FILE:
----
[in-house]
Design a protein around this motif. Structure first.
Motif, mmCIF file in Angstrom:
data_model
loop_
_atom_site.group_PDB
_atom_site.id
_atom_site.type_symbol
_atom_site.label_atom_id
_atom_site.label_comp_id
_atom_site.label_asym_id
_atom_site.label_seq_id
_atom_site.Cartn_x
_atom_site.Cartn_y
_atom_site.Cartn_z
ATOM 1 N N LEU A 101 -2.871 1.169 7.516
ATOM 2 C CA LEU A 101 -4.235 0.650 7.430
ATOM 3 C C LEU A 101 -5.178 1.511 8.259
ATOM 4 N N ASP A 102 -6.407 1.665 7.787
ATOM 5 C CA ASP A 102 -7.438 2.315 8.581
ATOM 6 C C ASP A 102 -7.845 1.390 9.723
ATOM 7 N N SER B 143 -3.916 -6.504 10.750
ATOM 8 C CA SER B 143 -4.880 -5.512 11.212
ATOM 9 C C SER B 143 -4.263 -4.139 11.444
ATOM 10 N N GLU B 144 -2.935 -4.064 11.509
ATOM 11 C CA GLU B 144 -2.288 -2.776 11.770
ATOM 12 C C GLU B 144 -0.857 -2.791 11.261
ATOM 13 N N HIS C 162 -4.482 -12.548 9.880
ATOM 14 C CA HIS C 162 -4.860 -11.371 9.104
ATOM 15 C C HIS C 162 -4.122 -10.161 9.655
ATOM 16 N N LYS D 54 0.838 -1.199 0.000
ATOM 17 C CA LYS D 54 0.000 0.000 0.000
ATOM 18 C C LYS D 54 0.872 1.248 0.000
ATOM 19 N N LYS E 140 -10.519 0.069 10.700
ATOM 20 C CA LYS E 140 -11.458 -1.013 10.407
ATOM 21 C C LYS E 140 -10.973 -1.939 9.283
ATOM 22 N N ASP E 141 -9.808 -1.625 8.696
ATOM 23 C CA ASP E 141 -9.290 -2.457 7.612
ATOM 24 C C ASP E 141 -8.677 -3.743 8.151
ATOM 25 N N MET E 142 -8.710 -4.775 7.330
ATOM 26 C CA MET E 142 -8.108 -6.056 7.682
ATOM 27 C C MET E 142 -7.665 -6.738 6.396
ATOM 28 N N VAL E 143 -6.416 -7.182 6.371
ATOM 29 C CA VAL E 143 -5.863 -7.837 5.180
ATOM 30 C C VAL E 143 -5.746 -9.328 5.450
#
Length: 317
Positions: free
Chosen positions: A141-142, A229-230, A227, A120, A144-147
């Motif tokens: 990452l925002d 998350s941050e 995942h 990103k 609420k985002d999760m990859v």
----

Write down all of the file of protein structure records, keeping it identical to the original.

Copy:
[in-house]
Design a protein around this motif. Structure first.
Motif, mmCIF file in Angstrom:
data_model
loop_
_atom_site.group_PDB
_atom_site.id
_atom_site.type_symbol
_atom_site.label_atom_id
_atom_site.label_comp_id
_atom_site.label_asym_id
_atom_site.label_seq_id
_atom_site.Cartn_x
_atom_site.Cartn_y
_atom_site.Cartn_z
ATOM 1 N N LEU A 101 -2.871 1.169 7.516
ATOM 2 C CA LEU A 101 -4.235 0.650 7.430
ATOM 3 C C LEU A 101 -5.178 1.511 8.259
ATOM 4 N N ASP A 102 -6.407 1.665 7.787
ATOM 5 C CA ASP A 102 -7.438 2.315 8.581
ATOM 6 C C ASP A 102 -7.845 1.390 9.723
ATOM 7 N N SER B 143 -3.916 -6.504 10.750
ATOM 8 C CA SER B 143 -4.880 -5.512 11.212
ATOM 9 C C SER B 143 -4.263 -4.139 11.444
ATOM 10 N N GLU B 144 -2.935 -4.064 11.509
ATOM 11 C CA GLU B 144 -2.288 -2.776 11.770
ATOM 12 C C GLU B 144 -0.857 -2.791 11.261
ATOM 13 N N HIS C 162 -4.482 -12.548 9.880
ATOM 14 C CA HIS C 162 -4.860 -11.371 9.104
ATOM 15 C C HIS C 162 -4.122 -10.161 9.655
ATOM 16 N N LYS D 54 0.838 -1.199 0.000
ATOM 17 C CA LYS D 54 0.000 0.000 0.000
ATOM 18 C C LYS D 54 0.872 1.248 0.000
ATOM 19 N N LYS E 140 -10.519 0.069 10.700
ATOM 20 C CA LYS E 140 -11.458 -1.013 10.407
ATOM 21 C C LYS E 140 -10.973 -1.939 9.283
ATOM 22 N N ASP E 141 -9.808 -1.625 8.696
ATOM 23 C CA ASP E 141 -9.290 -2.457 7.612
ATOM 24 C C ASP E 141 -8.677 -3.743 8.151
ATOM 25 N N MET E 142 -8.710 -4.775 7.330
ATOM 26 C CA MET E 142 -8.108 -6.056 7.682
ATOM 27 C C MET E 142 -7.665 -6.738 6.396
ATOM 28 N N VAL E 143 -6.416 -7.182 6.371
ATOM 29 C CA VAL E 143 -5.863 -7.837 5.180
ATOM 30 C C VAL E 143 -5.746 -9.328 5.450
#
Length: 317
Positions: free
Chosen positions: A141-142, A229-230, A227, A120, A144-147
């Motif tokens: 990452l925002d 998350s941050e 995942h 990103k 609420k985002d999760m990859v």